US 5160646 A
The present invention relates to a non-aqueous coating composition having solid lubricant particles. A low specific gravity oil coats the particles to lower the specific gravity of the particles. A high specific gravity oil disperses the coated particles. The high specific gravity oil is high relative to the low specific gravity oil. The coating of the low specific gravity oil acts as a buoyant medium to suspend the particles in the high specific gravity oil, which acts as a carrier medium. A chlorinated solvent vehicle constitutes 20 to 90 percent of the entire composition.
1. A non-aqueous coating composition consisting essentially of,
solid lubricant particles,
a low specific gravity oil coating the particles to lower the specific gravity of the particles,
a high specific gravity oil having the coated particles dispersed therein, wherein the high specific gravity oil is high relative to the low specific gravity oil, whereby the coating of low specific gravity oil acts as a buoyant medium to float the particles in the high specific gravity oil which acts as a carrier medium, and
a chlorinated solvent vehicle which constitutes 20 percent to 90 percent of the entire composition.
2. The lubricant of claim 1 wherein the solid lubricant particles comprise polytetrafluoroethylene particles.
3. The lubricant of claim 1 wherein the solid lubricant particles comprise sintered polytetrafluoroethylene particles.
4. The lubricant of claim 1 wherein the solid lubricant particles comprise ground polytetrafluoroethylene particles.
5. The lubricant of claim 2 wherein the polytetrafluoroethylene particles are ground to a size in the range of about 0.5 microns to about 20 microns.
6. The lubricant of claim 5 wherein the polytetrafluoroethylene particles are ground to a size of about 5 microns.
7. The lubricant of claim 1 wherein the solid lubricant particles comprise ground and sintered polytetrafluoroethylene particles.
8. The lubricant of claim 1 wherein the buoyant medium has a low miscibility in the carrier medium.
9. The lubricant of claim 1 wherein the concentration of buoyant medium in the carrier medium is at least at the miscibility point.
10. The lubricant of claim 1 wherein the buoyant medium comprises 10 w. to 50 w. oil.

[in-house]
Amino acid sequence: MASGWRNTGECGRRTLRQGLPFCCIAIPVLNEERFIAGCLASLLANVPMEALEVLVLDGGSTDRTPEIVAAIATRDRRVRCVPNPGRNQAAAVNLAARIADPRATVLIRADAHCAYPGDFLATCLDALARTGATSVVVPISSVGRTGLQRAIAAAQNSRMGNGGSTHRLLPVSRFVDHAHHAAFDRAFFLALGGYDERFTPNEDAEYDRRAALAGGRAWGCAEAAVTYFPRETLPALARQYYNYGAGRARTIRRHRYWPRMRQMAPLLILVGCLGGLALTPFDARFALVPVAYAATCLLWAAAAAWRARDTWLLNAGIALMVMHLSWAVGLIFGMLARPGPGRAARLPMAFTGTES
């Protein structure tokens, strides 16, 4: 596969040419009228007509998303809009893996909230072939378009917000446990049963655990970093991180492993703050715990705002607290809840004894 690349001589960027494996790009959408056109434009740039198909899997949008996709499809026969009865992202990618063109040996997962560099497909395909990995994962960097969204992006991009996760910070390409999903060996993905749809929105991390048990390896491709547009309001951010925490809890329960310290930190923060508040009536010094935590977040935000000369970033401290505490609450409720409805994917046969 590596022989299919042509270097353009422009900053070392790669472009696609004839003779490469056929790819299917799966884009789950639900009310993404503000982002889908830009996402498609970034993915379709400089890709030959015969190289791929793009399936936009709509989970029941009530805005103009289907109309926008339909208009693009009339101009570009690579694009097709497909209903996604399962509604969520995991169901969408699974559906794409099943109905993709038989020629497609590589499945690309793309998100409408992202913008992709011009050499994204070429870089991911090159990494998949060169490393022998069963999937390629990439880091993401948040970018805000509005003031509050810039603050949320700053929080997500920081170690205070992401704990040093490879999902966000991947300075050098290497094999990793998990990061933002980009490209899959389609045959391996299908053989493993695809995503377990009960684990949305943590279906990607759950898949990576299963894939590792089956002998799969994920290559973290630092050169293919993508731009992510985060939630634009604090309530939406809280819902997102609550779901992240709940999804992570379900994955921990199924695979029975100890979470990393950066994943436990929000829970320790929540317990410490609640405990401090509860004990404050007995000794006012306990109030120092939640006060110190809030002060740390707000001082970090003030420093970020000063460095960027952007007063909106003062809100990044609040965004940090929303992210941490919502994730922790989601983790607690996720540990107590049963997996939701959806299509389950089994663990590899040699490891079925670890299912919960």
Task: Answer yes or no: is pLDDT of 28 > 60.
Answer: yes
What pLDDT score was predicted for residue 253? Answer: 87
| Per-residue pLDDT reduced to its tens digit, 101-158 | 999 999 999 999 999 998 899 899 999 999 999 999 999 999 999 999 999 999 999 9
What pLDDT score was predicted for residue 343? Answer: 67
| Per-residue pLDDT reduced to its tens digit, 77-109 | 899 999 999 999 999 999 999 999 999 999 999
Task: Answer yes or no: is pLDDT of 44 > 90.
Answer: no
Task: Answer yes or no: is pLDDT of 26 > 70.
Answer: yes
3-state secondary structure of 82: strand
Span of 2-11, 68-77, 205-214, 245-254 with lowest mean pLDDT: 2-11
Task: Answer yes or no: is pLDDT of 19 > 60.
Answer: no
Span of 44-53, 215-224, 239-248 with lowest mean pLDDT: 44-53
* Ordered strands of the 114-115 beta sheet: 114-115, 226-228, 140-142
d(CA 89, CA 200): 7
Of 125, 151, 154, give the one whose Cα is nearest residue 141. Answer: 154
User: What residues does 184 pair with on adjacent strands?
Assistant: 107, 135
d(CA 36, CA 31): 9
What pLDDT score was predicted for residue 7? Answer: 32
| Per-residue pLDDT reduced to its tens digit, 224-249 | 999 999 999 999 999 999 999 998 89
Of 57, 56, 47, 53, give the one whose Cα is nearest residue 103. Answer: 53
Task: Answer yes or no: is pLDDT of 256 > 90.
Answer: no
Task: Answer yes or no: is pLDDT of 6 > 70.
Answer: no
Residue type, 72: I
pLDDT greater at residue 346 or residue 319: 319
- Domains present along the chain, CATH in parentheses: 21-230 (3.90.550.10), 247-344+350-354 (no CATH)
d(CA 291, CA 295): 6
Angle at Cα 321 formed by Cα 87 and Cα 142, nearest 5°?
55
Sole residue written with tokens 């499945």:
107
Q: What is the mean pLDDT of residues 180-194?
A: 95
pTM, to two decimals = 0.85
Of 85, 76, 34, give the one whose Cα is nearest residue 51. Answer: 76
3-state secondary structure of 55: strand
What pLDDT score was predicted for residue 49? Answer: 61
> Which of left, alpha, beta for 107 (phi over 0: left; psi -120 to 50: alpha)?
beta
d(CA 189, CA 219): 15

11. The lubricant of claim 1 wherein the carrier medium comprises tricresyl phosphate.
12. The lubricant of claim 1 wherein the solid lubricant particles comprise ground and sintered polytetrafluoroethylene particles, the buoyant medium comprises 10 w. to 70 w. oil, and the carrier medium comprises tricresyl phosphate.
13. The lubricant of claim 1 wherein the solid lubricant particles are pre-wet with a wetting agent.
14. The lubricant of claim 13 wherein the wetting agent comprises aliphatic naphtha.
15. The lubricant of claim 13 wherein the wetting agent comprises C8 to C15 isoparafinic liquid.
16. The lubricant of claim 1 wherein the concentration of solid lubricant particles in the lubricant is in the range of about 2 percent to about 15 percent by volume of the oil component.
17. The lubricant of claim 1 wherein said combination of particles, carrier medium and buoyant medium is further combined with a propellant under pressure in a valved container.
18. The lubricant of claim 17 wherein the concentration of propellant in said container is about 95 percent by volume of the oil component.
19. A composition of claim 1 wherein the vehicle comprises 1,1,1 trichloroethane.
20. The composition of claim 19 wherein the 1,1,1 trichloroethane comprises Dow CHLOROTHENE VG.
This is a continuation of application Ser. No. 716,935, which is a continuation-in-part of application Ser. No. 220,654 filed Dec. 29, 1980, by John L. scheld, now abandoned.
This invention relates generally to lubricants and more particularly has reference to lubricants containing a dispersion of solid lubricant particles.
Pertinent United States and foreign patents are found in Class 252, subclasses 60 and 58 and in Class 585, subclass 12 of the Official Classification of Patents in the United States Patent and Trademark Office.
Examples of pertinent patents are U.S. Pat. Nos.
______________________________________2,510,112 3,159,557 3,194,7623,314,889 3,432,431 3,493,5133,505,229 3,536,624 3,640,8593,723,317 3,933,656 4,029,8704,127,491 4,224,173.______________________________________
U.S. Pat. No. 4,224,173 describes an eight step method for making lubricant oil containing polytetrafluoroethylene particles and a fluorochemical surfactant.
U.S. Pat. No. 2,510,112 describes an aqueous dispersion of colloidal polymerized polytetrafluoroethylene in a fluorinated hydrocarbon oil.
U.S. Pat. No. 3,194,762 describes a product having resin particles suspended in an oil base.
U.S. Pat. No. 3,159,557, 3,432,431, 3,493,513, 3,505,229, 3,630,901, and 3,640,859 describe greases containing polytetrafluoroethylene particles.
U.S. Pat. No. 3,723,317 describes a grease wherein triazene is combined with polytetrafluoroethylene to thicken a fluorinated polyether base oil.
U.S. Pat. No. 4,029,870 describes unsintered polytetrafluoroethylene which has been irradiated.
U.S. Pat. No. 3,933,656 describes sub-micron polytetrafluoroethylene particles.
U.S. Pat. No. 4,127,491 describes an aqueous dispersion of polytetrafluoroethylene particles.